The QUE is designed "to support the lifestyle of modern business professionals" and is the size of an 8.5 x 11 inch pad of paper and about 1/3 inch thick. The QUE offers access to a range of documents, including more than a million e-books available through the QUE store, powered by Barnes & Noble.

Bad news for anther library: Seattle Public Library is proposing a 23 percent cut in library hours in response to Mayor Greg Nickels' directive to city departments to cut budgets in response to a $72 million revenue shortfall. Lit Life correspondent Mary Ann Gwinn argues the cuts are too deep.

Just got my contracts for the audio editions of the Anna Strong Chronicles. So here’s my question to you: If you listen to audio books, do you have favorite readers? Not that they’ll ask me (I have about as much input as I do with my covers) but I can always pass along recommendations.

And to end with a smile, Bulwer-Lytton Fiction Contest for the Worst First Line
2009 Results are in!

Grand prize entry buy David McKenzie:

Folks say that if you listen real close at the height of the full moon, when the wind is blowin' off Nantucket Sound from the nor' east and the dogs are howlin' for no earthly reason, you can hear the awful screams of the crew of the “Ellie May," a sturdy whaler Captained by John McTavish; for it was on just such a night when the rum was flowin' and, Davey Jones be damned, big John brought his men on deck for the first of several screaming contests.

My favorite: Grand Panjandrum's Special Award

Marguerite Ahl:

Fleur looked down her nose at Guilliame, something she was accomplished at, being six foot three in her stocking feet, and having one of those long French noses, not pert like Bridget Bardot's, but more like the one that Charles De Gaulle had when he was still alive and President of France and he wore that cap that was shaped like a little hatbox with a bill in the front to offset his nose, but it didn't work.

Every one is hilarious-- the contest, began at San Jose State University in 1982 is an international literary parody contest, the competition honors the memory (if not the reputation) of Victorian novelist Edward George Earl Bulwer-Lytton (1803-1873). The goal of the contest is childishly simple: entrants are challenged to submit bad opening sentences to imaginary novels. Although best known for "The Last Days of Pompeii" (1834), which has been made into a movie three times, originating the expression "the pen is mightier than the sword," and phrases like "the great unwashed" and "the almighty dollar," Bulwer-Lytton opened his novel Paul Clifford (1830) with the immortal words that the "Peanuts" beagle Snoopy plagiarized for years, "It was a dark and stormy night."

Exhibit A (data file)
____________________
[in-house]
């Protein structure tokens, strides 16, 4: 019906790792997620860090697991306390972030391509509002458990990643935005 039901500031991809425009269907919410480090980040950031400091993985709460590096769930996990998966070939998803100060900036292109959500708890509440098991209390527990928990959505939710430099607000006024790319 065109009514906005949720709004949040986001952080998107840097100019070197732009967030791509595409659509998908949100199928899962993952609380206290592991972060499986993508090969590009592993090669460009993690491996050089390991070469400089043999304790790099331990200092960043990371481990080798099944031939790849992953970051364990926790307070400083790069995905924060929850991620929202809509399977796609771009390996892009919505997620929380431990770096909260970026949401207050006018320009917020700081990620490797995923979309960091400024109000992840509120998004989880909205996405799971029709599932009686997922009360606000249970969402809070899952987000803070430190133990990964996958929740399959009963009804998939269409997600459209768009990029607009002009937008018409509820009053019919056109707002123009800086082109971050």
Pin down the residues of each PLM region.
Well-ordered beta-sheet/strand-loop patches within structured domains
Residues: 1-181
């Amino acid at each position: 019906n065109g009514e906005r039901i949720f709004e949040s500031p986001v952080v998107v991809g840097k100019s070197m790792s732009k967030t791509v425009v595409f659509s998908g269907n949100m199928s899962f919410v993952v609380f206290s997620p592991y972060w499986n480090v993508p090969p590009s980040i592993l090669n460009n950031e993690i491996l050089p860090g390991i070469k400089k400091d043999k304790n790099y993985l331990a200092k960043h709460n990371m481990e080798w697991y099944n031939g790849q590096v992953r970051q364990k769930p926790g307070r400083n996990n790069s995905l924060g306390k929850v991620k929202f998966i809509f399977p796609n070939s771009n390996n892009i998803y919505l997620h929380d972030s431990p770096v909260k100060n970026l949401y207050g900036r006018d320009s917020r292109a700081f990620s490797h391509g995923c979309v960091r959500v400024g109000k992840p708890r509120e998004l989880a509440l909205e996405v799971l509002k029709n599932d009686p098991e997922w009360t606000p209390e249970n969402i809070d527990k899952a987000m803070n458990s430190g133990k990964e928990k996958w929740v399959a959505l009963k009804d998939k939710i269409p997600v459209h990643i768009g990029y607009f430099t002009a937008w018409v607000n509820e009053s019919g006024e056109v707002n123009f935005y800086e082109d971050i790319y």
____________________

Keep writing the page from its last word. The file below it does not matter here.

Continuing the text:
PS Over at Book Chick City, I'm having a giveaway.

PPS Happy halloween! How could I forget that?????

 
Comments:
The weather here in Los Angeles is nice and warm. I had to go buy the tot a new coat, long sleaved dresses, tights etc, etc (mostly pink), since we're going to Kansas for a funeral this weekend and there's no snow yet, but it gets pretty cold. We have a connection in Denver so the tot and I will wave to you from the airport...

she gets to experiance trick-or-treating with a jacket, lol.

hmmm....last time I was in the denver airport I was reading x-rated bloodsuckers, and got really funny looks, lol.

~Suzanne and the tot
 
@Suzanne:

Maybe the funny looks were people who know Mario and are shocked anybody actually reads his books?!?!

Sorry, cooped up working from home all day. Cabin fever is imminent.
 
Lady K, DH and I went sledding this afternoon. When life gives you snow, you go sledding (our version of lemons and lemonade). Lady K was over the moon that school was closed today and DH and I had the call this morning not to go to work...darn the luck. So we shovelled and put knobs on kitchen cabinets and drawers. Then sledding. I posted pics on my blog.http://iyamvixenbooks.blogspot.com/

Thanks for the reminder on Jennifer Rardin's contest over at BBB. I rarely win, but always like to try and it's fun visiting with authors I dig or will dig soon.

I listen to audiobooks on my 50 mile RT commute for work. They keep me mellow when all around me is crappe drivers. My favorite narrators are Johanna Parker (she does for the Sookie Stackhouse series and Meg Cabot's Mediator series), George Guidall, Davina Porter, Barbara Rosenblatt, and the one who I am listening to now for BLOOD AND CHOCOLATE - Annette Curtis Klaus. The narrator is Alyssa Bresnahan. She would be a perfect Anna, at least how I hear Anna in my cranium when I read the books.
I'm going to read LEGACY for one of my December holiday reads.
 
Suzanne-- good luck on GETTING to Kansas this weekend-- the storm is headed east and picking up steam. Be careful.

Give the tot a kiss from Anna.

J.
 
Gina-- and it looks like day two. At least for us. Being snowed in reads better than it lives.

J.
 
ooo VIckie-- thanks for the suggestions. I'm taking notes. We may have another snow day ahead.
 
Thanks for reminding me of why I'm glad Colorado is no longer part of my territory (if it were I probably would have been there this week.) That, and the godawful turbulence flying over the Rockies into the Front Range.
 
This comment has been removed by the author.
 
Thanks Jeanne! I'm a little worried about getting snowed in at the airport. We'll be blowing kisses from the airport. :)
 
@Jeanne:

I wimped out when I saw the 2 inchsheet of ice from my door to my car and worked from home again today.

Of course later in the day it was melted -- tomorrow I have to stir about after two days at home alone.
 
Hey GIna-- this morning the stars are sparkling and it's supposed to be in the 50's-- we'll be venturing out, too.

J.